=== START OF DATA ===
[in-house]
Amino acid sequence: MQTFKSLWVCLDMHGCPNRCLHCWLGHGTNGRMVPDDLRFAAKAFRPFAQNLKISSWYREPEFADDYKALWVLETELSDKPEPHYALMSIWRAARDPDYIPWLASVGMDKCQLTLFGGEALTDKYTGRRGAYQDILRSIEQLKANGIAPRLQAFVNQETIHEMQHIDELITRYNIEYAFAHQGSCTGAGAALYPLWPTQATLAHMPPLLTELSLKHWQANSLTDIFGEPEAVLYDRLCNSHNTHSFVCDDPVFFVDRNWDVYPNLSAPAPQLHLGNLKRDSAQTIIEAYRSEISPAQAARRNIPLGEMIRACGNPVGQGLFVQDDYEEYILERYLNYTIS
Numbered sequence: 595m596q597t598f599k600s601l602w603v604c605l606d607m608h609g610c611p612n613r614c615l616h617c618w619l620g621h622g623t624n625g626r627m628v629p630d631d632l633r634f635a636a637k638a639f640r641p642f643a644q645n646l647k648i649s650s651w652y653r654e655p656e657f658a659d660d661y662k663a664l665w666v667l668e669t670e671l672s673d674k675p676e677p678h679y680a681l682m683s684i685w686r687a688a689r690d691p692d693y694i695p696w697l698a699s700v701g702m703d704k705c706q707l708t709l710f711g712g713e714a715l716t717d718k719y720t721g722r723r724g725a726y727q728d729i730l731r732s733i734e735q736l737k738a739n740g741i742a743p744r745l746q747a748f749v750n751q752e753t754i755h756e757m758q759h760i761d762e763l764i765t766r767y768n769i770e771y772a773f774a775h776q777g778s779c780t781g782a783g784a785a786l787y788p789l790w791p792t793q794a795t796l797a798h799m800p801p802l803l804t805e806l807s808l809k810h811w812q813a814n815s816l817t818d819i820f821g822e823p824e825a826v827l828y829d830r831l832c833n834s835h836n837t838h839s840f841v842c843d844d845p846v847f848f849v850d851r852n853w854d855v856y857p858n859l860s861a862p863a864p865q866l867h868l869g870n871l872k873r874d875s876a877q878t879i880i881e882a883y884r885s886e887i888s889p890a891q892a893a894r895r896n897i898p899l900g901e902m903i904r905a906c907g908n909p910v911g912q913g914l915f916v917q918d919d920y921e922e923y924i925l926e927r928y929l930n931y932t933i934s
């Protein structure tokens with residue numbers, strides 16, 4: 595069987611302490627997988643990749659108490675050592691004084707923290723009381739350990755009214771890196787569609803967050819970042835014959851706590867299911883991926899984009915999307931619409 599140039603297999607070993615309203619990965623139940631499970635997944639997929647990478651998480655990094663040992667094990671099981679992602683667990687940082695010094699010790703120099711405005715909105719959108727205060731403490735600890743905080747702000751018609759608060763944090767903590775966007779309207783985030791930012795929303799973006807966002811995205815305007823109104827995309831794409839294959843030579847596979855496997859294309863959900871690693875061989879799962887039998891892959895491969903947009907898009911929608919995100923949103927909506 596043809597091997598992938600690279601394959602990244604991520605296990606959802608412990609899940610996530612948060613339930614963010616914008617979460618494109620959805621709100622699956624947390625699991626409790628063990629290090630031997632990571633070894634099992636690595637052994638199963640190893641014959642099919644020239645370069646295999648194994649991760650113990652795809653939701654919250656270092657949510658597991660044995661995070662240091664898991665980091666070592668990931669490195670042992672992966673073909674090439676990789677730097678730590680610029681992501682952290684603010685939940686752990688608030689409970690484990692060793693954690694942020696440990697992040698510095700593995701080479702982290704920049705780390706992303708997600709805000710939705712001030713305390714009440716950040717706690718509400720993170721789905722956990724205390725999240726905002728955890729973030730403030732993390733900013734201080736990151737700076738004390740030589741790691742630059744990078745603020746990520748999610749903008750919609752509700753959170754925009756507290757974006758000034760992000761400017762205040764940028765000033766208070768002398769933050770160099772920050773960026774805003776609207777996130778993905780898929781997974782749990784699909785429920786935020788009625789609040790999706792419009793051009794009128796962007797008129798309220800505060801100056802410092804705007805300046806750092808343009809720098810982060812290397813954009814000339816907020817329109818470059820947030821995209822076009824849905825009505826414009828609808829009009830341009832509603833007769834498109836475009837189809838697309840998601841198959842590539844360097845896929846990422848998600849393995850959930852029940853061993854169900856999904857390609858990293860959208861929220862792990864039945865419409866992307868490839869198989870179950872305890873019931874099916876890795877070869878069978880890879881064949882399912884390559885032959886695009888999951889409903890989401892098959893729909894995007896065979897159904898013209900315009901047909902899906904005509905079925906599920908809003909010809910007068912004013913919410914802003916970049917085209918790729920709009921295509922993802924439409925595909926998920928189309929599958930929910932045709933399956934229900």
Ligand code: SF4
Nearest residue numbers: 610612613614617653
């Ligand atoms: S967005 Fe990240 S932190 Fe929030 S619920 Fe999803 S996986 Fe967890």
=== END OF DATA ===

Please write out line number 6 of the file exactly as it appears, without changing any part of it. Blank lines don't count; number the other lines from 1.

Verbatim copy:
Nearest residue numbers: 610612613614617653